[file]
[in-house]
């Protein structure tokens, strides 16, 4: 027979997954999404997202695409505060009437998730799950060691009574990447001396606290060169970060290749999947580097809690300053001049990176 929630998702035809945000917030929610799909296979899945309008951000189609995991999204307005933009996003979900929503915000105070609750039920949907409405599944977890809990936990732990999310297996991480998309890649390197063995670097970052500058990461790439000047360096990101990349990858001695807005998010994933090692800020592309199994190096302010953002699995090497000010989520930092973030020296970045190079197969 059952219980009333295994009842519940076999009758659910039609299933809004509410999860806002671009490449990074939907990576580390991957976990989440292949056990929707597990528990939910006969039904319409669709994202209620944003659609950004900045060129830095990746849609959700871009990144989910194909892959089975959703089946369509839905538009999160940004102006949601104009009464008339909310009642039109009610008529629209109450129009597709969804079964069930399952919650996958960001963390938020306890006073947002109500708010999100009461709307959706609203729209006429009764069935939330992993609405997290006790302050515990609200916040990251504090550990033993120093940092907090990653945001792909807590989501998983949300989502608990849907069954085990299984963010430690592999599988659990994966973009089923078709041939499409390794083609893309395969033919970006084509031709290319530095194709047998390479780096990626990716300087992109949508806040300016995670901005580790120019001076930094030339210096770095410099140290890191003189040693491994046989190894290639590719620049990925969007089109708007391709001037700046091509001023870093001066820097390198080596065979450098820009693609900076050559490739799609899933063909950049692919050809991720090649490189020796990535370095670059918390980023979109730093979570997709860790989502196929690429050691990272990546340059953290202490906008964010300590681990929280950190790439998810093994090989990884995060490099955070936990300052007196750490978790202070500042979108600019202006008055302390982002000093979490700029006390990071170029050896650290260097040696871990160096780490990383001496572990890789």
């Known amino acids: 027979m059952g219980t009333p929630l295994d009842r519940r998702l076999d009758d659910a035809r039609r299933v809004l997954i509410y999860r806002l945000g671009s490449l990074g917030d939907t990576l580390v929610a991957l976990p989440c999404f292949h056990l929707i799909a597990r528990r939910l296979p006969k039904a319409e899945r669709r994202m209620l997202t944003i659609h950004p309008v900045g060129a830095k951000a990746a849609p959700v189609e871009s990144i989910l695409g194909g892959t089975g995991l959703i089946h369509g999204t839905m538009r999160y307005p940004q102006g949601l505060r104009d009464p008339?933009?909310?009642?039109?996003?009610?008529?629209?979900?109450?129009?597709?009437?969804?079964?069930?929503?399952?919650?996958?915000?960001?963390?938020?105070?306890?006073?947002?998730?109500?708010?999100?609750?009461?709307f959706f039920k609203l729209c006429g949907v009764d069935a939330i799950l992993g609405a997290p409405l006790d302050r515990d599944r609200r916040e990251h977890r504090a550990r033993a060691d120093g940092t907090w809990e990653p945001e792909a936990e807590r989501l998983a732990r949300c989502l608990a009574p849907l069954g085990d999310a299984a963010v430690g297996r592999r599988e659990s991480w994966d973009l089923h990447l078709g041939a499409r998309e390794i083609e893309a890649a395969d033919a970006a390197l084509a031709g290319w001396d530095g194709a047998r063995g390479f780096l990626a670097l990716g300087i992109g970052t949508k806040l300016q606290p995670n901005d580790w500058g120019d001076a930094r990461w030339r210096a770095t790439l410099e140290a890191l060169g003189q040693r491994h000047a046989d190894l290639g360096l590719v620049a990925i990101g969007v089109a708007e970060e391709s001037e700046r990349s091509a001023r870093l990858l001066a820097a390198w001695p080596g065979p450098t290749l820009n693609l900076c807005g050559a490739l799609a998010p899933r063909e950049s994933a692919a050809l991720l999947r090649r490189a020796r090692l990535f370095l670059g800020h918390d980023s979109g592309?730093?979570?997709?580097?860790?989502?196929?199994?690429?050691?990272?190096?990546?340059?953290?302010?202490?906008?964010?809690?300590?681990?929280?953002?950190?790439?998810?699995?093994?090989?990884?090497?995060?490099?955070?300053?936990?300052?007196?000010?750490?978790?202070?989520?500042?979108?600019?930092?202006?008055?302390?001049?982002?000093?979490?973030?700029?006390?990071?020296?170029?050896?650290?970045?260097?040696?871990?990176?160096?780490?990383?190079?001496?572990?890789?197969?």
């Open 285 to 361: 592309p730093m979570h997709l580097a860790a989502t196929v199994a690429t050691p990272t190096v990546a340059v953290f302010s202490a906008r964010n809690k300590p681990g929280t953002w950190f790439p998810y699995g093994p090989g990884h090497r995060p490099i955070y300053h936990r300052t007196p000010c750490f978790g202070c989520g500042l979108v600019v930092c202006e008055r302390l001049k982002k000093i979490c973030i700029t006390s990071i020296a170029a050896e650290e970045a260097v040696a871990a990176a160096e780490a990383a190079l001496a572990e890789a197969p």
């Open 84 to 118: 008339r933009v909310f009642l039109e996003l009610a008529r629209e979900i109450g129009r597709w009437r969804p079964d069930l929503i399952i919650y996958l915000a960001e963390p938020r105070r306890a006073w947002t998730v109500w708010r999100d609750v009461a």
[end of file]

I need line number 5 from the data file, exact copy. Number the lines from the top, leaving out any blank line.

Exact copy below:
């Open 84 to 118: 008339r933009v909310f009642l039109e996003l009610a008529r629209e979900i109450g129009r597709w009437r969804p079964d069930l929503i399952i919650y996958l915000a960001e963390p938020r105070r306890a006073w947002t998730v109500w708010r999100d609750v009461a």